Help members to document and share decisions about structures, activities, roles and guidelines. Self-help group structures and guidelines must be transparent so that leadership can be shared. Most self-help groups keep a group book that outlines this information. SHRC's Shared Leadership Workbook can assist your group to prepare this. (3)

In the manual Changing Places, the writers wisely note that "it's more helpful to encourage transition through behaviour than words." (4) The professional position in the group should be gradually shifting from front and centre, to becoming another member of the circle's rim- -preparing to slip out the door and become an on-call resource.

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IV Step 3: Letting go

As the transitioning work starts taking effect, group members will likely feel a combination of excitement and anxiety. Plan a formal closure process over one or two meetings to acknowledge the emotional work of transitioning.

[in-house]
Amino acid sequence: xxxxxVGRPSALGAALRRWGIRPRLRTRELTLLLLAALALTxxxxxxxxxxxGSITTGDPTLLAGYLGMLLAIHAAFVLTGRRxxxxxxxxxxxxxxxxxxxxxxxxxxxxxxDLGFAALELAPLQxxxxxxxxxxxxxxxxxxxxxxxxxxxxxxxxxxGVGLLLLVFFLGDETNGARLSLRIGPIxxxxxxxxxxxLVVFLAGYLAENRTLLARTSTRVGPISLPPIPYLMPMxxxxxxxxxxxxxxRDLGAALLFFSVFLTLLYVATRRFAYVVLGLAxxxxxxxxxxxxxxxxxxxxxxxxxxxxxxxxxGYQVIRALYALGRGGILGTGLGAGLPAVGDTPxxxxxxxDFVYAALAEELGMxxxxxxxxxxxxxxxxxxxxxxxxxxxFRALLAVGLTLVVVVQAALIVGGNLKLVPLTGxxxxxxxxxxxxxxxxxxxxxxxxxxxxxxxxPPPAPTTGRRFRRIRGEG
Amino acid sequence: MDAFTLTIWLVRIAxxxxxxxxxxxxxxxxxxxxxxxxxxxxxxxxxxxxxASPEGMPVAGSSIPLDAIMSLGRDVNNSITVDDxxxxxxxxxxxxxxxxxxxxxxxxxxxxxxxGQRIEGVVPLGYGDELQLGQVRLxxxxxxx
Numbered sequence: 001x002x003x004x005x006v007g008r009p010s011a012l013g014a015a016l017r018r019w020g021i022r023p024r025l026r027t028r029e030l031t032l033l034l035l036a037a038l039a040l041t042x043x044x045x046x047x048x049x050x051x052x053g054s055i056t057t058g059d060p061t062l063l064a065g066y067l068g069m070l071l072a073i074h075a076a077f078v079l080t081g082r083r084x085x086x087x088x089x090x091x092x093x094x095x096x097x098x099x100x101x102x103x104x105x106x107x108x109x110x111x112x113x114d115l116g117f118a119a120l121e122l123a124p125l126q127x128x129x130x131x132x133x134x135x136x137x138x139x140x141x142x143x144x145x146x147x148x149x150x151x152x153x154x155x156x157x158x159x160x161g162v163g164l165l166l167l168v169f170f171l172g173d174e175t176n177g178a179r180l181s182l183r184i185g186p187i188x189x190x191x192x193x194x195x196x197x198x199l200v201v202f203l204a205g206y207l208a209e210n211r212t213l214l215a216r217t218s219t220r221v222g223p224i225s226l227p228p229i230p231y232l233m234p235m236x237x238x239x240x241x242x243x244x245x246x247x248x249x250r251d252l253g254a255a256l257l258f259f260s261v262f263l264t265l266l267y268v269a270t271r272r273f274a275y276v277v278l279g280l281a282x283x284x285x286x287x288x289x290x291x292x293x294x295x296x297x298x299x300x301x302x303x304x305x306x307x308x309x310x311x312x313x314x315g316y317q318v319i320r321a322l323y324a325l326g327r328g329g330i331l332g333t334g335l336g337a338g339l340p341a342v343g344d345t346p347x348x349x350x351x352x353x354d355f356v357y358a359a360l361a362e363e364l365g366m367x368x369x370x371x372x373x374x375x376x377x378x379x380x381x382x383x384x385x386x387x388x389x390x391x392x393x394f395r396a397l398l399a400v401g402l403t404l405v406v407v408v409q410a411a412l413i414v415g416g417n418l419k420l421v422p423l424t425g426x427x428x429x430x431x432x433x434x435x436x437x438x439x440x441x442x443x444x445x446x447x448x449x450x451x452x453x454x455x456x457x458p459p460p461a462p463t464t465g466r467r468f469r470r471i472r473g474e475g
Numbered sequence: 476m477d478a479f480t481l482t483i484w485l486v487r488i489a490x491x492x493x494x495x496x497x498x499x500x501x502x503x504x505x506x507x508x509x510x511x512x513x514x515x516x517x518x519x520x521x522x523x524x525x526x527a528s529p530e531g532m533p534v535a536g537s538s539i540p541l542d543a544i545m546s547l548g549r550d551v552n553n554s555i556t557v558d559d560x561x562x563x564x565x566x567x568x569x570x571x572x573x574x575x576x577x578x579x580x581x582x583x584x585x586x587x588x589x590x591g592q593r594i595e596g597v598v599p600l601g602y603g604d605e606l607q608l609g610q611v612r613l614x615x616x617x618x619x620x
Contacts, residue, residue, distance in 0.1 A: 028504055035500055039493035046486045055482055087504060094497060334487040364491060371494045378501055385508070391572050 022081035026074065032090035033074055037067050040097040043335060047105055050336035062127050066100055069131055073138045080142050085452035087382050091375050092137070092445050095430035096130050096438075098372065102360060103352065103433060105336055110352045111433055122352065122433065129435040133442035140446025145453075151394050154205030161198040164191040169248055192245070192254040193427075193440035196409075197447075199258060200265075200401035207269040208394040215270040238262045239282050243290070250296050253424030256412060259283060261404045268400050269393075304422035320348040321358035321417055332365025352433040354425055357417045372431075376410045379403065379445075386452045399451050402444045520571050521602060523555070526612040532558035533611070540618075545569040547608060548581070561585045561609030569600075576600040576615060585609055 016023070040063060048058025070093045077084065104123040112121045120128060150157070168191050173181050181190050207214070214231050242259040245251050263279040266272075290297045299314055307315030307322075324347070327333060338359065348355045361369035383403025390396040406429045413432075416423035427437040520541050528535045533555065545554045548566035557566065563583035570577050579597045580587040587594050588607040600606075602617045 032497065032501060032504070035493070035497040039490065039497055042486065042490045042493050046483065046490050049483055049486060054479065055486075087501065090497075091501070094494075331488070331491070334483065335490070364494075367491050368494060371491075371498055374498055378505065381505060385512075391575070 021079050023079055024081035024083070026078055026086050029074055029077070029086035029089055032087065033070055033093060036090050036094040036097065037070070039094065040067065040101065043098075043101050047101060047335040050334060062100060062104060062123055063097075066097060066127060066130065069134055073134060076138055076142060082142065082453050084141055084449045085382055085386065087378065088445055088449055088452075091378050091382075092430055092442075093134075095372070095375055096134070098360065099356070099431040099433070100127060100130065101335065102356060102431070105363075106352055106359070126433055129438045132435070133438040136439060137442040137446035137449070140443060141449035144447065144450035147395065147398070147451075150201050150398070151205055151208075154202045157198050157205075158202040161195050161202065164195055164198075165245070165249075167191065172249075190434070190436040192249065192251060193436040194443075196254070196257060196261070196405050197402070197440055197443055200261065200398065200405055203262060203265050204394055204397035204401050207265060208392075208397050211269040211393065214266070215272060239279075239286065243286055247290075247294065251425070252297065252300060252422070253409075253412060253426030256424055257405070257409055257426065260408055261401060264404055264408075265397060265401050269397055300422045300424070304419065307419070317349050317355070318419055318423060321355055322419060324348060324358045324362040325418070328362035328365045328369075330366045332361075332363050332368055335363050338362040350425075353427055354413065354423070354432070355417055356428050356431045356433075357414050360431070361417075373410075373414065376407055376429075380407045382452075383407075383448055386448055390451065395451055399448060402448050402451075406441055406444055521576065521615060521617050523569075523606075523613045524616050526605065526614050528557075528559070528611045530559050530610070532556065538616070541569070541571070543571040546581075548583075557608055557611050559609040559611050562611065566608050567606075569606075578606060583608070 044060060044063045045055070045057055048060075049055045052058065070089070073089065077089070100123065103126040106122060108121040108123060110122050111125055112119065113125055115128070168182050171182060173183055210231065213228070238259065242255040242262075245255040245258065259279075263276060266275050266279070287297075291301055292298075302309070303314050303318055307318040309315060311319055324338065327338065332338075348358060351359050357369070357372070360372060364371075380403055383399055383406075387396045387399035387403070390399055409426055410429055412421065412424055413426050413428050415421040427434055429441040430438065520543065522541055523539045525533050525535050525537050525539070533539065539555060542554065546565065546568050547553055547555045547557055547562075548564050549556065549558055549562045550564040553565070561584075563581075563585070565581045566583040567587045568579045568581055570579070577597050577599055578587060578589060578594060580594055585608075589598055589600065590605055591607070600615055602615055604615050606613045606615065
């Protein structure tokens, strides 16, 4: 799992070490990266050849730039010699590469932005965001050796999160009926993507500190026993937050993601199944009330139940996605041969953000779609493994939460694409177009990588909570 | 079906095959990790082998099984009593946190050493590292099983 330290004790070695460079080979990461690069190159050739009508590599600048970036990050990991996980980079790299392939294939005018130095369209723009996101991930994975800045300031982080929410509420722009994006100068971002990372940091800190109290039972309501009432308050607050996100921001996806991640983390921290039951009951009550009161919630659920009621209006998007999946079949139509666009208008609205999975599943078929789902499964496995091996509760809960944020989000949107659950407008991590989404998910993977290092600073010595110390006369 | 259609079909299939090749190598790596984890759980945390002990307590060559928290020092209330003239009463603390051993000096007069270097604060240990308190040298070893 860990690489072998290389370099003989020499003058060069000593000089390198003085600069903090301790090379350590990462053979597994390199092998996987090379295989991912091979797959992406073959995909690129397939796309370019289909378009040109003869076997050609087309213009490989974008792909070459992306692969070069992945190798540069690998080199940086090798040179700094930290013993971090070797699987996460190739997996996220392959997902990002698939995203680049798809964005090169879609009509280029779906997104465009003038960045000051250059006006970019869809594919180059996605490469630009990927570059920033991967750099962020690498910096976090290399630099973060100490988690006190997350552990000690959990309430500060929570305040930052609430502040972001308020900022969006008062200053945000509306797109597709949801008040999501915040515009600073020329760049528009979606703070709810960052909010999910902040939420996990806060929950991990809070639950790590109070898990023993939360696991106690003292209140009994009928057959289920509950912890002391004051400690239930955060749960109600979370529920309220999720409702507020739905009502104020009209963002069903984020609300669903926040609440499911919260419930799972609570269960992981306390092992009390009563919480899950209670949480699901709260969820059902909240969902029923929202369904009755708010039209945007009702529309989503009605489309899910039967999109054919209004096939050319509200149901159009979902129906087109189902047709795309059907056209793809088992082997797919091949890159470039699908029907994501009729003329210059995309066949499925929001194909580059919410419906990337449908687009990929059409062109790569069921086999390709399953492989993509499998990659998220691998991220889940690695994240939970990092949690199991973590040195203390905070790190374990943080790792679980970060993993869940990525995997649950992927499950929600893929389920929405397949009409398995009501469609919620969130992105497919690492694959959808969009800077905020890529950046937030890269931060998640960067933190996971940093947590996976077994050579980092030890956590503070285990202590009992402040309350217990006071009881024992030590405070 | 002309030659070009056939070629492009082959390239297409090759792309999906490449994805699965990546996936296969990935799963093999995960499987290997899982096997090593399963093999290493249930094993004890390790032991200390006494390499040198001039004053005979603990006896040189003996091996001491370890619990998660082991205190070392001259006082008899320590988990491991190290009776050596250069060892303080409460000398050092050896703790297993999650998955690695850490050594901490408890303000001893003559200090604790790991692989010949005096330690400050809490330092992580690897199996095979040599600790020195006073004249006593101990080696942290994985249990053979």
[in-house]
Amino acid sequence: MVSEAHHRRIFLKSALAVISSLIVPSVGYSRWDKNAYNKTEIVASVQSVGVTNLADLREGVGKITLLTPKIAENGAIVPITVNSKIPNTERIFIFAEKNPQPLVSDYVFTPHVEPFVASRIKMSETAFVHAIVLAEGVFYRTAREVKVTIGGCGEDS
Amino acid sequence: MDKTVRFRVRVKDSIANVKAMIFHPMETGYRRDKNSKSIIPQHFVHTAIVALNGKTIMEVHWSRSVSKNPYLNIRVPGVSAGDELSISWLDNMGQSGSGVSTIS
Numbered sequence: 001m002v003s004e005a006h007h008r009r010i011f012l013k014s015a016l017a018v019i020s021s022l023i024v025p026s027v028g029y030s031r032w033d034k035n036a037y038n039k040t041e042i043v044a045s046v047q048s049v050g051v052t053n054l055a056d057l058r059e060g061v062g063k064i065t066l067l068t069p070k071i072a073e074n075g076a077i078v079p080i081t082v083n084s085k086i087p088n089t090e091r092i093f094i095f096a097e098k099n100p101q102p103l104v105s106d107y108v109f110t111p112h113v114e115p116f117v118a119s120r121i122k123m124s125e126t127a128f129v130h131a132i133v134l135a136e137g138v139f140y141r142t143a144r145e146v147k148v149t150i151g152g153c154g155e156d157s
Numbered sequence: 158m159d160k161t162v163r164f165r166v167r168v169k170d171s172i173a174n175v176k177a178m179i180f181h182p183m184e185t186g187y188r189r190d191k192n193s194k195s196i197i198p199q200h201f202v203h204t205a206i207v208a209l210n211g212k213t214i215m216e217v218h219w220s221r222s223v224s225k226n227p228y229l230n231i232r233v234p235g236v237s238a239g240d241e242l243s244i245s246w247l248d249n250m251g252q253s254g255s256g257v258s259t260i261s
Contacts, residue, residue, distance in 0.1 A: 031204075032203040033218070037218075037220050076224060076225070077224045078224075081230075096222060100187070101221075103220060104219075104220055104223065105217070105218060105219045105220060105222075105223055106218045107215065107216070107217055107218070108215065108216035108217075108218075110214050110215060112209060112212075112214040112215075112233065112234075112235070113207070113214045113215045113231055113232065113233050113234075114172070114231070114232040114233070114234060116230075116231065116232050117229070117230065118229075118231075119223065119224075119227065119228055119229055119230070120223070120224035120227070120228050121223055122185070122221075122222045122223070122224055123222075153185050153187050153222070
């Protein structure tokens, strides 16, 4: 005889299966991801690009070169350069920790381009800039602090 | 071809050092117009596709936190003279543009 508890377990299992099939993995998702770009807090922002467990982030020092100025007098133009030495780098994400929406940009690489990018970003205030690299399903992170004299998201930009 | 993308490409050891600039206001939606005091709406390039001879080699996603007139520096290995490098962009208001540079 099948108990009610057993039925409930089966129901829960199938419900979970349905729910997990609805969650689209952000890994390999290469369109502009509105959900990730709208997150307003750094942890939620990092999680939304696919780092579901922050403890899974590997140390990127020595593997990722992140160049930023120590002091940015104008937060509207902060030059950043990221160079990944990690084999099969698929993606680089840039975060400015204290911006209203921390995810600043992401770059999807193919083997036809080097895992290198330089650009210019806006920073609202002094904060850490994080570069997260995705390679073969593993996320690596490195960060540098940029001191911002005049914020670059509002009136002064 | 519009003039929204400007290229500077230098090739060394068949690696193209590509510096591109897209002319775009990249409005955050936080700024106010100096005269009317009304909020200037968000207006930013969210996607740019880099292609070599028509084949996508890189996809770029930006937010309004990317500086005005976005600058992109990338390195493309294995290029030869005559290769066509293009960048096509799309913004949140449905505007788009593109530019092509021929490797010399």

You can devote one of these meetings to reviewing the group's development and highlighting the progress each person has made. Here are some guiding questions:

* What do your remember about the group at its beginning?

* What do you remember about yourself when you joined the group?

* What has changed in the group and in you? (5)

Answers can be shared with a partner or the whole group. The second meeting can be a party to share food and exchange cards.

Another way to let go formally is to ask each person "how do you say goodbye?" Ask group members to consider "if a friend were leaving for another city, what would you do?" Through this exercise, one group found that some members wanted a big send-off, some wanted to write a letter and some wanted to act like goodbye was not happening. Pay attention to cultural and personal differences in this process. Find a way to recognize each person's needs.

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V Step 4: Remaining "On Tap, Not on Top"